“Poore Nation, whose sweet sap and juice

Our cyons have purloin'd, and left you drie :
Whose streams we got by the Apostles' sluce,

And use in baptisme, while ye pine and die :
Who by not keeping once, became a debtor ;
And now by keeping lose the letter :
“O that my prayers ! mine, alas !

Oh that some angel might a trumpet sound :
At which the Church, falling upon her face,

Should crie so loud, until the trump were drown'd,
And by that crie of her deare Lord obtain,

That your sweet sap might come again !"

See the volume of HEBREW CHRISTIAN WITNESS for 1873, pp. 490-1. * See the vol. of Hebrew Christian Witness for 1872, p. 45.

But it may be said that the most eminent Jews were inaccessible. No more were the most eminent Christian professors accessible. He, the speaker, knew as much of parochial work as any clergyman in the Church Congress, and he was perfectly well aware of the reception to be expected from eminent Christian professors by Christian ministers, who have the courage to tell the higher classes in their parishes of their inconsistencies, and of the disgrace which their unchristian conduct brings upon their Christian profession. However, Dr. Margoliouth could tell the Church Congress that some of the most eminent Jews and Jewesses in this land read very reverently Christian books. More than that, some of the Jewish ministers of certain synagogues read Christian discourses for the preparation of their own sermons. A Jewish gentleman has recently pointed out to him, in the reading-room of the British Museum, a certain Jewish minister, a popular synagogne preacher, poring over, and taking notes from, Christian sermons. Anyhow, the eminent Jews, or the inaccessible ones, need not deter the Christian minister from endeavouring to minister to the accessible ones.

Then came the question as to the required equipment for the work. The Subject Committee had evidently an eye to that requirement. They evidently chose the term, “ Modern Judaism," to suggest another desideratum in the training of the clergy. Mr. Lowe's recent appeal to Christian ministers with regard to the study of the Hebrew language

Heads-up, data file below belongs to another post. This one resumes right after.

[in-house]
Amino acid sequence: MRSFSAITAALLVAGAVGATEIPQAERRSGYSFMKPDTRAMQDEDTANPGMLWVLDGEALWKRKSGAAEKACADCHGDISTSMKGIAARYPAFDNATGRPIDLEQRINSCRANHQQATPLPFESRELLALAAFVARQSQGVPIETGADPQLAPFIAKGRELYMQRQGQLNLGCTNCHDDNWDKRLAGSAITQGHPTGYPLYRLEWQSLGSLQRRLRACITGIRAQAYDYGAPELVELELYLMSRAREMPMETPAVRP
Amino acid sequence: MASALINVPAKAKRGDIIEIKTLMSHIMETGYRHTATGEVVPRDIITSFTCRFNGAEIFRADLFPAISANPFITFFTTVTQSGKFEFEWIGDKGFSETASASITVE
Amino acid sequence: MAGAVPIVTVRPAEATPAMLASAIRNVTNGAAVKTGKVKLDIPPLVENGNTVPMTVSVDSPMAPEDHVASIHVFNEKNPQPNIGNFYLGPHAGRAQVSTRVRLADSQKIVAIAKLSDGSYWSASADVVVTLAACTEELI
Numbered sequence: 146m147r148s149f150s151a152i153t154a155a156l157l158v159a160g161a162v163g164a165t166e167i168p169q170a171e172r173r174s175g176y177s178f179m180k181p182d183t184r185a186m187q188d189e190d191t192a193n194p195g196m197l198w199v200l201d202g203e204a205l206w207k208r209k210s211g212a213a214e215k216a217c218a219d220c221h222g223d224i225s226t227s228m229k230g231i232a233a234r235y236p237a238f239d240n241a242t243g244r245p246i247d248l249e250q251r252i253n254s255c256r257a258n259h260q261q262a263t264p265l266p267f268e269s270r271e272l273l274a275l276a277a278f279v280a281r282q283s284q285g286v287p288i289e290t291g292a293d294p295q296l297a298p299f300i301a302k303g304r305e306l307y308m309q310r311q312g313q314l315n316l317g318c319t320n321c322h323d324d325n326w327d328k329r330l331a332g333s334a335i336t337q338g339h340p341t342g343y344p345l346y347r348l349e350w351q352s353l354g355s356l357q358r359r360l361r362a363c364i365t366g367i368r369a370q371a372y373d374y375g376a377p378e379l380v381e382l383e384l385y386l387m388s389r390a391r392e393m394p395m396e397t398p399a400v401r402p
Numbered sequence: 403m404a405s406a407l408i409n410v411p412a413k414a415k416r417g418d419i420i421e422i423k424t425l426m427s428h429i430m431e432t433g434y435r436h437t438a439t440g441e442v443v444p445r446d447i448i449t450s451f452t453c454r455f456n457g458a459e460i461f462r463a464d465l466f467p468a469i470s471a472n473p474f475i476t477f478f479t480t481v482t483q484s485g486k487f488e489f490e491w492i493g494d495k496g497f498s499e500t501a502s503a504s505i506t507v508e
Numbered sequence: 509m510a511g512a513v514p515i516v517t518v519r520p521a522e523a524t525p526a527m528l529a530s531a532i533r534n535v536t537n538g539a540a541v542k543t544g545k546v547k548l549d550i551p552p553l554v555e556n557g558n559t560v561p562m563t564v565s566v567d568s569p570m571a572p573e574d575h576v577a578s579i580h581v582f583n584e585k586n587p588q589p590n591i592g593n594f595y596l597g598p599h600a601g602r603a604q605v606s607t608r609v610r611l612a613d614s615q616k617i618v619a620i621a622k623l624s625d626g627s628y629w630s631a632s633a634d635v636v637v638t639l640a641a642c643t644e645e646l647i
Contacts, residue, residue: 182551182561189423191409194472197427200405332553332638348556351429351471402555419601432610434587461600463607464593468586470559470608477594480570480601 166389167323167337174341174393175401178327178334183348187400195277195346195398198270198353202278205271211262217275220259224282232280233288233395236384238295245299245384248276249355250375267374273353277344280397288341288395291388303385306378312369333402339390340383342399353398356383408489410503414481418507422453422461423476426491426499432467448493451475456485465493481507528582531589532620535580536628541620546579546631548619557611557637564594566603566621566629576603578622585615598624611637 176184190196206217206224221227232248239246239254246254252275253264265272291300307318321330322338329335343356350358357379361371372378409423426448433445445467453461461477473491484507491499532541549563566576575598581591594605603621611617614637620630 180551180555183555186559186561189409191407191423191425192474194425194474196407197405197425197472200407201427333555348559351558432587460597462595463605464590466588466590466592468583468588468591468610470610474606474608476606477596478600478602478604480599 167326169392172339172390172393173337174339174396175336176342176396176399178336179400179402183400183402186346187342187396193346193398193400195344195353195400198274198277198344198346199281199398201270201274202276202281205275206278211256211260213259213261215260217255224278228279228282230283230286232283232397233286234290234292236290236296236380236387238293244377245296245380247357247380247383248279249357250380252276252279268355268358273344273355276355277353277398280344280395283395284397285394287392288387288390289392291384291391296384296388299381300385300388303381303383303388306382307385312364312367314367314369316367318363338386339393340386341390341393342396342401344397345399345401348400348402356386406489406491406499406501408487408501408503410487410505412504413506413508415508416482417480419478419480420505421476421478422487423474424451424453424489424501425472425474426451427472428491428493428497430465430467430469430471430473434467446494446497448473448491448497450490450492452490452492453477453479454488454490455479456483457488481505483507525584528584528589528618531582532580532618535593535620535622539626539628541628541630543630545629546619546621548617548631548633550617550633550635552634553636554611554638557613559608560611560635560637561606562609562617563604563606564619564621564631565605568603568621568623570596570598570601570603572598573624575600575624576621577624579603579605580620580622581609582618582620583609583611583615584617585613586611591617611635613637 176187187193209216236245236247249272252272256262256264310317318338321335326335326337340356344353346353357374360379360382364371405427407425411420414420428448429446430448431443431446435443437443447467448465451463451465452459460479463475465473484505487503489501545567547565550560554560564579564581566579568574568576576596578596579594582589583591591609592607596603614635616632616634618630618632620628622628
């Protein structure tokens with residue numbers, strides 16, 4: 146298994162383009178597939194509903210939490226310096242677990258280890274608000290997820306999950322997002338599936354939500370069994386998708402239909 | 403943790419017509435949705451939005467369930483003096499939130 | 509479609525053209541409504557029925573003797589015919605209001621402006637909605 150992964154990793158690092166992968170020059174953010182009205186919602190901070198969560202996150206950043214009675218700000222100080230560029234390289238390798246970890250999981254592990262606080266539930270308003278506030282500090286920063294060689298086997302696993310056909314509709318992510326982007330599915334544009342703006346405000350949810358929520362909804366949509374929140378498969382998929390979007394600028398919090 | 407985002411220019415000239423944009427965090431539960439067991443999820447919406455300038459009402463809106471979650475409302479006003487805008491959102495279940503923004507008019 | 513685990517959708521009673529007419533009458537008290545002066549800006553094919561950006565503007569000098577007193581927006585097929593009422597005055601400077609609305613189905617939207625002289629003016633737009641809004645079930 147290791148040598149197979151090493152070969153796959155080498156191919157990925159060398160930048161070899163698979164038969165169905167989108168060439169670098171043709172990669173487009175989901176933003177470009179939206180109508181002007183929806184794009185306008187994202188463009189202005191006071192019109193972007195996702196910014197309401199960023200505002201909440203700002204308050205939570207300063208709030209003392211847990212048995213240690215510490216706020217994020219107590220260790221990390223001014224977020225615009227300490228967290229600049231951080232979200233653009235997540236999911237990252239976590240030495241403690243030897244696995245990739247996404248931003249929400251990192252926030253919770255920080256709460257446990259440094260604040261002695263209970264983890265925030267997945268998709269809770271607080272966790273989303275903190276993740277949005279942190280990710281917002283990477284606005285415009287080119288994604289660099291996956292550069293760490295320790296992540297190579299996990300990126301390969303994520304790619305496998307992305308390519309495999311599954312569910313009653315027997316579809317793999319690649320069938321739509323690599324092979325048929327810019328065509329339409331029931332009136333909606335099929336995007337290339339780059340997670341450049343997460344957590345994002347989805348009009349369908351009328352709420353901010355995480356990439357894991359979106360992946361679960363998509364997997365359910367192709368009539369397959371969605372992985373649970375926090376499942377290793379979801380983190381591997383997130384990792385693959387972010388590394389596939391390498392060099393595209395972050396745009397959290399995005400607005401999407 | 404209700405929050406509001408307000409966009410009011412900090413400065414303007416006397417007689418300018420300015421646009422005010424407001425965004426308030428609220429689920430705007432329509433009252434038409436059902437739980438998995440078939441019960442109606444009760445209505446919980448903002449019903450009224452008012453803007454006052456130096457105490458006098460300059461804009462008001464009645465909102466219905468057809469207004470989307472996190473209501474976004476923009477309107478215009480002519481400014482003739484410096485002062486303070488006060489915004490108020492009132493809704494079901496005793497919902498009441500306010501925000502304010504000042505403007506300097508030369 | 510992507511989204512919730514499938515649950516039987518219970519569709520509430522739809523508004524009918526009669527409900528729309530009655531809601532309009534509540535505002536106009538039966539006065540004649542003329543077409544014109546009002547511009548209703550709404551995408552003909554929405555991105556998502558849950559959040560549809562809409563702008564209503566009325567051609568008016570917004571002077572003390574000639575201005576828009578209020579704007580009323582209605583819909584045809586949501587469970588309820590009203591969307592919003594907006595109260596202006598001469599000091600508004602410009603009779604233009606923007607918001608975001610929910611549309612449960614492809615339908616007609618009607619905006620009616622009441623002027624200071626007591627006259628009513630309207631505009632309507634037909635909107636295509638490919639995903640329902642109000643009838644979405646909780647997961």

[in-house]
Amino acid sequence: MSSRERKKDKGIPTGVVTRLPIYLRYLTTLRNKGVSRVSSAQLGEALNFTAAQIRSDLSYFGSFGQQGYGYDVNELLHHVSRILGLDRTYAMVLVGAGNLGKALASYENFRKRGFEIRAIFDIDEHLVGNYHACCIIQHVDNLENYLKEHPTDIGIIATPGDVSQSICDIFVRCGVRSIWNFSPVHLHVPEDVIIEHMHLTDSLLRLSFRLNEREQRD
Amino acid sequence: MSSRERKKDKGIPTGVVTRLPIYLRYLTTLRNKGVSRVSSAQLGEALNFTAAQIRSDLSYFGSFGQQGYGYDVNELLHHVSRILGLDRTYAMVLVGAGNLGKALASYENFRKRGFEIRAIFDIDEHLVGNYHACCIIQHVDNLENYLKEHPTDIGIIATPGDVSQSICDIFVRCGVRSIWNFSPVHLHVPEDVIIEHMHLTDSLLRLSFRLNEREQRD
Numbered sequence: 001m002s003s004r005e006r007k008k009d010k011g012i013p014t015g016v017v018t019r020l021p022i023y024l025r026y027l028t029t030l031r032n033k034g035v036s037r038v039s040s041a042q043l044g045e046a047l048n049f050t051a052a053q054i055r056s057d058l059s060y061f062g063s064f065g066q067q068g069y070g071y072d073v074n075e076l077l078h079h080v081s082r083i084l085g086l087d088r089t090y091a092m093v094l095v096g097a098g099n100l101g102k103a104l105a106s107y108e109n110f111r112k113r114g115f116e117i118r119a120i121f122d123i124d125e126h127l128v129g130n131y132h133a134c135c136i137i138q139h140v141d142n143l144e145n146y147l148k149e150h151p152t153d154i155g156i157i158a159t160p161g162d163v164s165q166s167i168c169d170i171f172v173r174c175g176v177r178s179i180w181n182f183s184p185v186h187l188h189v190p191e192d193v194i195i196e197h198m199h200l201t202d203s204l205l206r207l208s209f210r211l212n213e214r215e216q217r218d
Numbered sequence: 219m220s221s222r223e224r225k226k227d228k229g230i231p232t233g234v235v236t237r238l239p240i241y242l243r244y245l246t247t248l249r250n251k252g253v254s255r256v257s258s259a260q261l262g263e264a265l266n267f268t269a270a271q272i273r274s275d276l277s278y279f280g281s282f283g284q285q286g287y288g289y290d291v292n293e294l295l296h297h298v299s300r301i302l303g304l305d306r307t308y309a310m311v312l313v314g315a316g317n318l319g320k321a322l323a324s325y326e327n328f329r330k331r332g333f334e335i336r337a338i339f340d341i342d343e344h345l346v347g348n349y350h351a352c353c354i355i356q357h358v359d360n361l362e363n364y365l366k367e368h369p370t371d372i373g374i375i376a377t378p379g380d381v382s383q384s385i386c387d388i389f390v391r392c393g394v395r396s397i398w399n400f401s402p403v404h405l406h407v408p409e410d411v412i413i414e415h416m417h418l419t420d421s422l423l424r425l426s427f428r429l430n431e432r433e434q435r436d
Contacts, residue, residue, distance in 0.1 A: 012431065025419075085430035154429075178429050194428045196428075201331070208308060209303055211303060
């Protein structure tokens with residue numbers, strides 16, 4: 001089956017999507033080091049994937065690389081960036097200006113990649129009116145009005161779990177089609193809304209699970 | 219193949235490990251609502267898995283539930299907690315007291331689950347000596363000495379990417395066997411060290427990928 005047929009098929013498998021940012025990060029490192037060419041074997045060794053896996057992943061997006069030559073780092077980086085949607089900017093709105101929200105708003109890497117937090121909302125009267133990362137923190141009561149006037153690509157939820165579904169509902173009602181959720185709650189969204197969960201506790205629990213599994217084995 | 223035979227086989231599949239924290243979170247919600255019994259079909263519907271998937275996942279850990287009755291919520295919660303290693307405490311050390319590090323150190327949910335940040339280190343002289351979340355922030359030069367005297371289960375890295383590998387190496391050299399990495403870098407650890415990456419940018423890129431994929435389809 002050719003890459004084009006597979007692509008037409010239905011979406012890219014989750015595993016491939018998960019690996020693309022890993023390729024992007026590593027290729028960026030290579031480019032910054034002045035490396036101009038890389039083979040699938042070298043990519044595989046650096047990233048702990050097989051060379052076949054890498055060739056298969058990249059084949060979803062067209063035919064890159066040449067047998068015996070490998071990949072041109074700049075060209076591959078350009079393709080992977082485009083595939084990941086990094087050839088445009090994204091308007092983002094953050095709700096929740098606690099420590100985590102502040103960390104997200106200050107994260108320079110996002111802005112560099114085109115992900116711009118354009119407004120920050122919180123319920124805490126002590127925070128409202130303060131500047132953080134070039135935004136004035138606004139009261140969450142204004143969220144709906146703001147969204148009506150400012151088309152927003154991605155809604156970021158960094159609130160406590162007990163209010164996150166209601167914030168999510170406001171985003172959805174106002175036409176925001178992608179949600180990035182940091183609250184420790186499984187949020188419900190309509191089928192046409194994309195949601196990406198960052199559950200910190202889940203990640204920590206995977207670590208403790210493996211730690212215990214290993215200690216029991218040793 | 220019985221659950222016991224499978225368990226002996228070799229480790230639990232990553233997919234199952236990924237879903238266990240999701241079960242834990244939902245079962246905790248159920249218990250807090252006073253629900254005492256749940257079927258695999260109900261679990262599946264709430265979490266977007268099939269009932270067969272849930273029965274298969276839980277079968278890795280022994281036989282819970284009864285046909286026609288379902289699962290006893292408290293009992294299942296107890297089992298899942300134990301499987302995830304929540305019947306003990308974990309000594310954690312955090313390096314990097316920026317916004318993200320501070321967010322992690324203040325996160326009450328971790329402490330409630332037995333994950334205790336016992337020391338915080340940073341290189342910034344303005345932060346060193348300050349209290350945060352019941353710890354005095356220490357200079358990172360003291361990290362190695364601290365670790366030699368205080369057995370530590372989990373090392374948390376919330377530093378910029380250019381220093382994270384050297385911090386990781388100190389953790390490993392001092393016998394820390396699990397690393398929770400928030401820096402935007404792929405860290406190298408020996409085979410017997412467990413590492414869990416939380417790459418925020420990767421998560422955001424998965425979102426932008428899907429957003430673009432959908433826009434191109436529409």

We reproduce the beginning of an article on the subject which appeared in a former number of the H. C. W. and P. I.:

A BROAD HINT TO THE POWERS THAT BE IN CHURCH AND STATE. " The above was tendered on the afternoon of Thursday, the 9th ult., by the Right Honourable Robert Lowe, M.P. for the University of London, on the occasion of presenting Baroness Burdett Coutts' prize for proficiency in mathematics, in Sir Roger Cholmeley's School, Highgate. After offering some very interesting observations on education generally, he concluded his address in the following words :

""One more remark I shall make, and that is—I am speaking now of optional subjects – that there is one language which I think it is a great pity is almost excluded from school education in England. It is the most ancient and perhaps the most interesting in itself of all languages-I mean the Hebrew. It seems to me, I confess, inconceivable how it should happen that so very few of our clergy are acquainted with Hebrew. I cannot understand how a man can consider himself as having competently mastered the elements of theology when he is not acquainted with that language. It is not merely the knowledge of the language itself, but the light which it throws, and which nothing else can throw, upon the text of the New Testament for instance. The view a man has, the knowledge that a man gets of the Bible, when he reads it standing on the vantage-ground of a knowledge of Hebrew, is infinitely greater than can be got by taking them up and passing to them not naturally from the knowledge of the Old Testament, but from the Greek classics. I hope to see the day when in our schools there will at any rate be an option for the study of Hebrew. Nothing can tend more to develope a thorough and sound knowledge of the Bible, or to make our clergy learned and competent in their avocation.'

“WELL SAID. If the powers that be in the Church and State take the hint, and endeavour to act upon it in their promotions to ecclesiastical functions, the next generation in the Church of England will be infinitely more privileged ; as regards spiritual instruction, than the present one. Should we live to see Mr. Lowe Prime Minister of England, we shall hope to find that he acts in his appointments according to the broad hint intimated in his address last month at the Highgate School," &c. &c. &c.

More on the same subject will be found in our impression of last August, pp. 456-60.